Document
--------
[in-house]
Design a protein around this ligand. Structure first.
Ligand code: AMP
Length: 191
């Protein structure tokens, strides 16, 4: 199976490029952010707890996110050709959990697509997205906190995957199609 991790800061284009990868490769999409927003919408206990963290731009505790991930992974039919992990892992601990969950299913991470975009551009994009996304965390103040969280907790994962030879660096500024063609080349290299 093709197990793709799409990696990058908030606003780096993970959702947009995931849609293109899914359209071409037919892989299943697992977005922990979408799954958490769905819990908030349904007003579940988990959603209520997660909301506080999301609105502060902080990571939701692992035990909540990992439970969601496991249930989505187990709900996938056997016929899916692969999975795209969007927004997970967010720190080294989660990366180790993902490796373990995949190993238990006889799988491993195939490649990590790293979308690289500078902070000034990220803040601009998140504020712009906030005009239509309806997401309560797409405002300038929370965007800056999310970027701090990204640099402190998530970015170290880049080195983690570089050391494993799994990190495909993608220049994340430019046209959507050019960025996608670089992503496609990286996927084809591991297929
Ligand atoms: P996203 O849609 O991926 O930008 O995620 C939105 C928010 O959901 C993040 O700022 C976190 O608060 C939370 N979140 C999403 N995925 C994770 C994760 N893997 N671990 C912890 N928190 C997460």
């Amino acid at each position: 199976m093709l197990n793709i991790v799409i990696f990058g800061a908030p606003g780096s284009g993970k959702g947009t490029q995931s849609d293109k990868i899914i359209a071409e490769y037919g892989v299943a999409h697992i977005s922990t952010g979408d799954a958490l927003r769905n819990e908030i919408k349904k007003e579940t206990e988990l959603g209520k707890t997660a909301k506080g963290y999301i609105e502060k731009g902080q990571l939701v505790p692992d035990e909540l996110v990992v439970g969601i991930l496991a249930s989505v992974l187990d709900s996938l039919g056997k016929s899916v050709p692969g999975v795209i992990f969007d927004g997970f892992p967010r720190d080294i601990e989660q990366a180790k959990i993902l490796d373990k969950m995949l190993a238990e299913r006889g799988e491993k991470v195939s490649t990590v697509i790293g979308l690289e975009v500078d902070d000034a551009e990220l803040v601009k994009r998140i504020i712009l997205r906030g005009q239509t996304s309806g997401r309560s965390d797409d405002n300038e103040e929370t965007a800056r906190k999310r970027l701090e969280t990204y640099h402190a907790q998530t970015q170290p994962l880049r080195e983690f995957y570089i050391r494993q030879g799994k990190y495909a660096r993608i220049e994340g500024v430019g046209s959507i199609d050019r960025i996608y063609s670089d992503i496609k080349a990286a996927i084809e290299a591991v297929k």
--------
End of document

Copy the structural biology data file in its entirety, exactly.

[in-house]
Design a protein around this ligand. Structure first.
Ligand code: AMP
Length: 191
């Protein structure tokens, strides 16, 4: 199976490029952010707890996110050709959990697509997205906190995957199609 991790800061284009990868490769999409927003919408206990963290731009505790991930992974039919992990892992601990969950299913991470975009551009994009996304965390103040969280907790994962030879660096500024063609080349290299 093709197990793709799409990696990058908030606003780096993970959702947009995931849609293109899914359209071409037919892989299943697992977005922990979408799954958490769905819990908030349904007003579940988990959603209520997660909301506080999301609105502060902080990571939701692992035990909540990992439970969601496991249930989505187990709900996938056997016929899916692969999975795209969007927004997970967010720190080294989660990366180790993902490796373990995949190993238990006889799988491993195939490649990590790293979308690289500078902070000034990220803040601009998140504020712009906030005009239509309806997401309560797409405002300038929370965007800056999310970027701090990204640099402190998530970015170290880049080195983690570089050391494993799994990190495909993608220049994340430019046209959507050019960025996608670089992503496609990286996927084809591991297929
Ligand atoms: P996203 O849609 O991926 O930008 O995620 C939105 C928010 O959901 C993040 O700022 C976190 O608060 C939370 N979140 C999403 N995925 C994770 C994760 N893997 N671990 C912890 N928190 C997460």
């Amino acid at each position: 199976m093709l197990n793709i991790v799409i990696f990058g800061a908030p606003g780096s284009g993970k959702g947009t490029q995931s849609d293109k990868i899914i359209a071409e490769y037919g892989v299943a999409h697992i977005s922990t952010g979408d799954a958490l927003r769905n819990e908030i919408k349904k007003e579940t206990e988990l959603g209520k707890t997660a909301k506080g963290y999301i609105e502060k731009g902080q990571l939701v505790p692992d035990e909540l996110v990992v439970g969601i991930l496991a249930s989505v992974l187990d709900s996938l039919g056997k016929s899916v050709p692969g999975v795209i992990f969007d927004g997970f892992p967010r720190d080294i601990e989660q990366a180790k959990i993902l490796d373990k969950m995949l190993a238990e299913r006889g799988e491993k991470v195939s490649t990590v697509i790293g979308l690289e975009v500078d902070d000034a551009e990220l803040v601009k994009r998140i504020i712009l997205r906030g005009q239509t996304s309806g997401r309560s965390d797409d405002n300038e103040e929370t965007a800056r906190k999310r970027l701090e969280t990204y640099h402190a907790q998530t970015q170290p994962l880049r080195e983690f995957y570089i050391r494993q030879g799994k990190y495909a660096r993608i220049e994340g500024v430019g046209s959507i199609d050019r960025i996608y063609s670089d992503i496609k080349a990286a996927i084809e290299a591991v297929k």